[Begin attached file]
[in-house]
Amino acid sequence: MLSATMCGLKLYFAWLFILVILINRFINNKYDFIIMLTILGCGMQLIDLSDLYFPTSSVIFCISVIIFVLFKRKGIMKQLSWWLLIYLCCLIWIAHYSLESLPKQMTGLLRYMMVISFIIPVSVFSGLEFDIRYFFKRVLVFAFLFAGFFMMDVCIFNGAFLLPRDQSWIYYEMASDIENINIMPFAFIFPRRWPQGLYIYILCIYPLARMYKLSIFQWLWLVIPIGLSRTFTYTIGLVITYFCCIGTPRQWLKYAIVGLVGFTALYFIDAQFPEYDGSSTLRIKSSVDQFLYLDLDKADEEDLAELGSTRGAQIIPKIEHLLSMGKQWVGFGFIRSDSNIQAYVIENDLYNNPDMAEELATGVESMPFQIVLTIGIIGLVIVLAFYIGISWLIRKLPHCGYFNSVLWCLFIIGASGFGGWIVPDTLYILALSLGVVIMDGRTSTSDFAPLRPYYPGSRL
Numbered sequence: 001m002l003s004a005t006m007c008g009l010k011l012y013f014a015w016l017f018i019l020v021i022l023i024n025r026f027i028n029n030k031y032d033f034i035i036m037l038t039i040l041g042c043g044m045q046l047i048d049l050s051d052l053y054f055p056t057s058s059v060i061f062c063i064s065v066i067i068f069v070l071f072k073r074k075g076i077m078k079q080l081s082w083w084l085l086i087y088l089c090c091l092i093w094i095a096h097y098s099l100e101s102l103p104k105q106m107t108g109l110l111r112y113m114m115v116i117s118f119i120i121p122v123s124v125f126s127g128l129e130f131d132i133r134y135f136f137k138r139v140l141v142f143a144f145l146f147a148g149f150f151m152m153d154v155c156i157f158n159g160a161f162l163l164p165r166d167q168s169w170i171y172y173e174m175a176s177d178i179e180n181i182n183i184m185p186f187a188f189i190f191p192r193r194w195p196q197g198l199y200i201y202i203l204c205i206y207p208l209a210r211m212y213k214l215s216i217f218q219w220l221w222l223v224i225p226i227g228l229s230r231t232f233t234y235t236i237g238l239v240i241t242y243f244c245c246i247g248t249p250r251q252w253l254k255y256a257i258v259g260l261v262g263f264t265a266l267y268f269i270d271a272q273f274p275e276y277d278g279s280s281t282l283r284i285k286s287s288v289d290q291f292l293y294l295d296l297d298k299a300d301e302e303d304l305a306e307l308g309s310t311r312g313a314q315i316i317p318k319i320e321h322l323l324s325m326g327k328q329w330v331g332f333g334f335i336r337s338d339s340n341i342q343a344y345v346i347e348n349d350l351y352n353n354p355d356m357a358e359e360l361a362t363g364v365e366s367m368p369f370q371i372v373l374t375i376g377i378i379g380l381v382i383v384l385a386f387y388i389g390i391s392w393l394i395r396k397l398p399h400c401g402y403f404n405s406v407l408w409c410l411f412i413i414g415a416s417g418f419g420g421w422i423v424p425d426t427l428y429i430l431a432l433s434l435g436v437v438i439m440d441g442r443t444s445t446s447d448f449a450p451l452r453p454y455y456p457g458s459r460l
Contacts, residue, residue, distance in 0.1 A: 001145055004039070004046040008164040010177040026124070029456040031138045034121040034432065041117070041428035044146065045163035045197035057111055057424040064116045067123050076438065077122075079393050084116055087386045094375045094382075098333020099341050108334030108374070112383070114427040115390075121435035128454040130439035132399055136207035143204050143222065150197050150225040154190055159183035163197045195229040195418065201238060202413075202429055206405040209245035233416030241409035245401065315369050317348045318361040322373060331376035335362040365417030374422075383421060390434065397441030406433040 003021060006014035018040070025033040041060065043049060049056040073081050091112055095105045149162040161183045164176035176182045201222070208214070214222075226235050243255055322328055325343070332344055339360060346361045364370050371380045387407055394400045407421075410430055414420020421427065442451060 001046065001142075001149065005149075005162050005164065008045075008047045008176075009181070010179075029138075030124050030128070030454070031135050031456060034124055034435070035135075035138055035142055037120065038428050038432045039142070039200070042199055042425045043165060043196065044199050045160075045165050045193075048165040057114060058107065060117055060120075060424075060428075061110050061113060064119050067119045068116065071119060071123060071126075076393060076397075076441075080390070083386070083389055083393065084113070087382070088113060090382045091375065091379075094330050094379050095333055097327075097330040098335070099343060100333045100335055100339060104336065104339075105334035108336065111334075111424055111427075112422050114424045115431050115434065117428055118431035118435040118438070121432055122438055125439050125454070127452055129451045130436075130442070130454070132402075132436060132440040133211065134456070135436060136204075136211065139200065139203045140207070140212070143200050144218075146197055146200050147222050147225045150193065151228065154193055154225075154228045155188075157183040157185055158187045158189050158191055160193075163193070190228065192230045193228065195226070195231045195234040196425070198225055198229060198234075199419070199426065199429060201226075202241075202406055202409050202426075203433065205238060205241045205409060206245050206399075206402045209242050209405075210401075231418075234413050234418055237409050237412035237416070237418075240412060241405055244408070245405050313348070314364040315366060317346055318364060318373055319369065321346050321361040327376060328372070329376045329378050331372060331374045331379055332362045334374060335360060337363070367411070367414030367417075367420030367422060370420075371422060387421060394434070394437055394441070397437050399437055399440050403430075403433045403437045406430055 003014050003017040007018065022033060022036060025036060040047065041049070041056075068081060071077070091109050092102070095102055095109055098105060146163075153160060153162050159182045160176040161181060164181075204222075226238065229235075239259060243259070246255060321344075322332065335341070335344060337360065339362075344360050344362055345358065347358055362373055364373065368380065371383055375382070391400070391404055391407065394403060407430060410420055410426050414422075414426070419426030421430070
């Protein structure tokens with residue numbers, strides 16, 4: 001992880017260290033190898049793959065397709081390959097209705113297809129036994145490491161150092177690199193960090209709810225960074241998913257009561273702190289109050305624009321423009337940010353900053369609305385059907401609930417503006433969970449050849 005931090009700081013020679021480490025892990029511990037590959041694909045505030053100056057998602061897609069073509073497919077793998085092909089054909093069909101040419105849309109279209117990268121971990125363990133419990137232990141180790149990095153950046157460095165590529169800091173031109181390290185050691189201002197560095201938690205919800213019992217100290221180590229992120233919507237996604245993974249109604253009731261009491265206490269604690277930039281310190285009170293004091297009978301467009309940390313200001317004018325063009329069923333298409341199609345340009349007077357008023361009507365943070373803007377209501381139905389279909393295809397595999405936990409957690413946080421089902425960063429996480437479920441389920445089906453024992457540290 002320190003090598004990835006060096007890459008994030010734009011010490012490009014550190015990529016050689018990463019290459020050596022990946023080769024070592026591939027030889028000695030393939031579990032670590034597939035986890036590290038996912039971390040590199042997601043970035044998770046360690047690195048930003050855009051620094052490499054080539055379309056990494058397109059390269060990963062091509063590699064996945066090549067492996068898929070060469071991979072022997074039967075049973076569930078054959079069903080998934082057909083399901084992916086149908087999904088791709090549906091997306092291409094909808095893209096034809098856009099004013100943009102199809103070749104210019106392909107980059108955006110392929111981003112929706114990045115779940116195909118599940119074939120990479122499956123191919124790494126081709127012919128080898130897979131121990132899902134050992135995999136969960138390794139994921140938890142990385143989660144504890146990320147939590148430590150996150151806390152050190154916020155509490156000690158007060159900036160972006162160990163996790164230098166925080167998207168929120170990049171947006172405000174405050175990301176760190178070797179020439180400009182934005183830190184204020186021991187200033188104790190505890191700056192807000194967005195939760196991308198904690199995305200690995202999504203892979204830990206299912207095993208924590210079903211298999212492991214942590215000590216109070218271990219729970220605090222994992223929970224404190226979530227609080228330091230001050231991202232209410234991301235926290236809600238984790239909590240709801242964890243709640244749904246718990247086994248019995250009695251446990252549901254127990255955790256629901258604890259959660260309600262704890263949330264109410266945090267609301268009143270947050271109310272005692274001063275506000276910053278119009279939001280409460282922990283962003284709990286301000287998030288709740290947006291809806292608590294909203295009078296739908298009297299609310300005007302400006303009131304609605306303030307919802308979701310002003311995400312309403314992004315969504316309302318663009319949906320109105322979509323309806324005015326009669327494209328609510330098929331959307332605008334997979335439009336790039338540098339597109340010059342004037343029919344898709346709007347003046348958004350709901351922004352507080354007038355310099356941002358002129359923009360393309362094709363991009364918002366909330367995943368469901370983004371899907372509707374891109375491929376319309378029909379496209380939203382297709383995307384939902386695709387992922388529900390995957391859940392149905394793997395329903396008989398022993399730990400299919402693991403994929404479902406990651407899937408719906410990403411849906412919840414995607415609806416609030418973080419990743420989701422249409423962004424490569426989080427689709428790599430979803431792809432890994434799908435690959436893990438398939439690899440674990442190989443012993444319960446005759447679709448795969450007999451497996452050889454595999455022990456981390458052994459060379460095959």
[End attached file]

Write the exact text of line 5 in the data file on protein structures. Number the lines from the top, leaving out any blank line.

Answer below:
């Protein structure tokens with residue numbers, strides 16, 4: 001992880017260290033190898049793959065397709081390959097209705113297809129036994145490491161150092177690199193960090209709810225960074241998913257009561273702190289109050305624009321423009337940010353900053369609305385059907401609930417503006433969970449050849 005931090009700081013020679021480490025892990029511990037590959041694909045505030053100056057998602061897609069073509073497919077793998085092909089054909093069909101040419105849309109279209117990268121971990125363990133419990137232990141180790149990095153950046157460095165590529169800091173031109181390290185050691189201002197560095201938690205919800213019992217100290221180590229992120233919507237996604245993974249109604253009731261009491265206490269604690277930039281310190285009170293004091297009978301467009309940390313200001317004018325063009329069923333298409341199609345340009349007077357008023361009507365943070373803007377209501381139905389279909393295809397595999405936990409957690413946080421089902425960063429996480437479920441389920445089906453024992457540290 002320190003090598004990835006060096007890459008994030010734009011010490012490009014550190015990529016050689018990463019290459020050596022990946023080769024070592026591939027030889028000695030393939031579990032670590034597939035986890036590290038996912039971390040590199042997601043970035044998770046360690047690195048930003050855009051620094052490499054080539055379309056990494058397109059390269060990963062091509063590699064996945066090549067492996068898929070060469071991979072022997074039967075049973076569930078054959079069903080998934082057909083399901084992916086149908087999904088791709090549906091997306092291409094909808095893209096034809098856009099004013100943009102199809103070749104210019106392909107980059108955006110392929111981003112929706114990045115779940116195909118599940119074939120990479122499956123191919124790494126081709127012919128080898130897979131121990132899902134050992135995999136969960138390794139994921140938890142990385143989660144504890146990320147939590148430590150996150151806390152050190154916020155509490156000690158007060159900036160972006162160990163996790164230098166925080167998207168929120170990049171947006172405000174405050175990301176760190178070797179020439180400009182934005183830190184204020186021991187200033188104790190505890191700056192807000194967005195939760196991308198904690199995305200690995202999504203892979204830990206299912207095993208924590210079903211298999212492991214942590215000590216109070218271990219729970220605090222994992223929970224404190226979530227609080228330091230001050231991202232209410234991301235926290236809600238984790239909590240709801242964890243709640244749904246718990247086994248019995250009695251446990252549901254127990255955790256629901258604890259959660260309600262704890263949330264109410266945090267609301268009143270947050271109310272005692274001063275506000276910053278119009279939001280409460282922990283962003284709990286301000287998030288709740290947006291809806292608590294909203295009078296739908298009297299609310300005007302400006303009131304609605306303030307919802308979701310002003311995400312309403314992004315969504316309302318663009319949906320109105322979509323309806324005015326009669327494209328609510330098929331959307332605008334997979335439009336790039338540098339597109340010059342004037343029919344898709346709007347003046348958004350709901351922004352507080354007038355310099356941002358002129359923009360393309362094709363991009364918002366909330367995943368469901370983004371899907372509707374891109375491929376319309378029909379496209380939203382297709383995307384939902386695709387992922388529900390995957391859940392149905394793997395329903396008989398022993399730990400299919402693991403994929404479902406990651407899937408719906410990403411849906412919840414995607415609806416609030418973080419990743420989701422249409423962004424490569426989080427689709428790599430979803431792809432890994434799908435690959436893990438398939439690899440674990442190989443012993444319960446005759447679709448795969450007999451497996452050889454595999455022990456981390458052994459060379460095959």